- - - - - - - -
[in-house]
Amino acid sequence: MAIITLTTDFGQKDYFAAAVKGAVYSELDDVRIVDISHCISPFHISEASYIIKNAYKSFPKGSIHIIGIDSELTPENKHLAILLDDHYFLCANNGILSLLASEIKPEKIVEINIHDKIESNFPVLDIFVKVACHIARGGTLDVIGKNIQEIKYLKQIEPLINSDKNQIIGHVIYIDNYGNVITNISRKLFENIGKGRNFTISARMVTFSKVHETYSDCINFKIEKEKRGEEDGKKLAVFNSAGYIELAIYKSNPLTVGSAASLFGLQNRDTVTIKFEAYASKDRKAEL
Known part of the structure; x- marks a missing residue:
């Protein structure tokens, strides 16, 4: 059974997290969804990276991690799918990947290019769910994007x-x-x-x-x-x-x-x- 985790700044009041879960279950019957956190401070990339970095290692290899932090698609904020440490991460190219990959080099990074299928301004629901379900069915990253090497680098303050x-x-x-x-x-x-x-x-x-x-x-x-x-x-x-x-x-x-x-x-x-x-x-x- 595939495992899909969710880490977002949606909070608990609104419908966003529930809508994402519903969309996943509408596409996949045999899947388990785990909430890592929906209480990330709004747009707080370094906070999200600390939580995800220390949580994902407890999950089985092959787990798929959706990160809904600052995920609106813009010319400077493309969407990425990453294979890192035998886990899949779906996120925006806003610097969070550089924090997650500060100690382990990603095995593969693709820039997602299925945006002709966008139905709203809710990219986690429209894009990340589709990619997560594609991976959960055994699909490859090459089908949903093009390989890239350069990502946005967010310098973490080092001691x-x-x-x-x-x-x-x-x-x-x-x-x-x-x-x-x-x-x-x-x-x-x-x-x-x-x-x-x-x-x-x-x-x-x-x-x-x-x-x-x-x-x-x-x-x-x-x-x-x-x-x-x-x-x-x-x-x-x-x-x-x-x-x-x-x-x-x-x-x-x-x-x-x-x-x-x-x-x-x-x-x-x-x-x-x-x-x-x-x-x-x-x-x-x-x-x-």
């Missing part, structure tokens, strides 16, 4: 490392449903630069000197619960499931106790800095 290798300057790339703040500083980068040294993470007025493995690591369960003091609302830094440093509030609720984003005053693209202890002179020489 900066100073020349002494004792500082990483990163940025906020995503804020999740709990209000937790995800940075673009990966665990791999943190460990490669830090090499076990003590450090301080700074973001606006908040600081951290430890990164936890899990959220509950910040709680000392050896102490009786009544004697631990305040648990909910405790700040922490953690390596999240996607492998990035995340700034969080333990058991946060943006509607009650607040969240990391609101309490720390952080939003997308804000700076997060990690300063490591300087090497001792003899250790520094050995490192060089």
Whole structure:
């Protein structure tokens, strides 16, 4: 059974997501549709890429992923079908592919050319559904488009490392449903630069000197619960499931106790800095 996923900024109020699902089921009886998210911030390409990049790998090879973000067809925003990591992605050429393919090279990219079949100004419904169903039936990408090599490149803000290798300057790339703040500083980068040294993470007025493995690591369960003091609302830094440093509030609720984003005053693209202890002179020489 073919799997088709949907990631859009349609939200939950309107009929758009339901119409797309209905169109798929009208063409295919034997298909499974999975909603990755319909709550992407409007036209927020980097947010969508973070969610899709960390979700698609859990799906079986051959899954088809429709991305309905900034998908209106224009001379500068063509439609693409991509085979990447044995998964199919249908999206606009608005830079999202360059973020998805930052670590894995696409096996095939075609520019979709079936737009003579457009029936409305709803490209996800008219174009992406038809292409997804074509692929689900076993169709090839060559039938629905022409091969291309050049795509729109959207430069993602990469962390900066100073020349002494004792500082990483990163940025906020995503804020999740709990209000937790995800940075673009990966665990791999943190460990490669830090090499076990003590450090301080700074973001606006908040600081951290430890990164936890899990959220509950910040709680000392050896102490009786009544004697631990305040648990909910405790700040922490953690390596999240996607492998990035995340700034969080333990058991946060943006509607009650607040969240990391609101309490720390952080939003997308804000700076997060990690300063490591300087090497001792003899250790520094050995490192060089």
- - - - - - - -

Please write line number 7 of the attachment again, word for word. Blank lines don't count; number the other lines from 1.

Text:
């Protein structure tokens, strides 16, 4: 059974997501549709890429992923079908592919050319559904488009490392449903630069000197619960499931106790800095 996923900024109020699902089921009886998210911030390409990049790998090879973000067809925003990591992605050429393919090279990219079949100004419904169903039936990408090599490149803000290798300057790339703040500083980068040294993470007025493995690591369960003091609302830094440093509030609720984003005053693209202890002179020489 073919799997088709949907990631859009349609939200939950309107009929758009339901119409797309209905169109798929009208063409295919034997298909499974999975909603990755319909709550992407409007036209927020980097947010969508973070969610899709960390979700698609859990799906079986051959899954088809429709991305309905900034998908209106224009001379500068063509439609693409991509085979990447044995998964199919249908999206606009608005830079999202360059973020998805930052670590894995696409096996095939075609520019979709079936737009003579457009029936409305709803490209996800008219174009992406038809292409997804074509692929689900076993169709090839060559039938629905022409091969291309050049795509729109959207430069993602990469962390900066100073020349002494004792500082990483990163940025906020995503804020999740709990209000937790995800940075673009990966665990791999943190460990490669830090090499076990003590450090301080700074973001606006908040600081951290430890990164936890899990959220509950910040709680000392050896102490009786009544004697631990305040648990909910405790700040922490953690390596999240996607492998990035995340700034969080333990058991946060943006509607009650607040969240990391609101309490720390952080939003997308804000700076997060990690300063490591300087090497001792003899250790520094050995490192060089």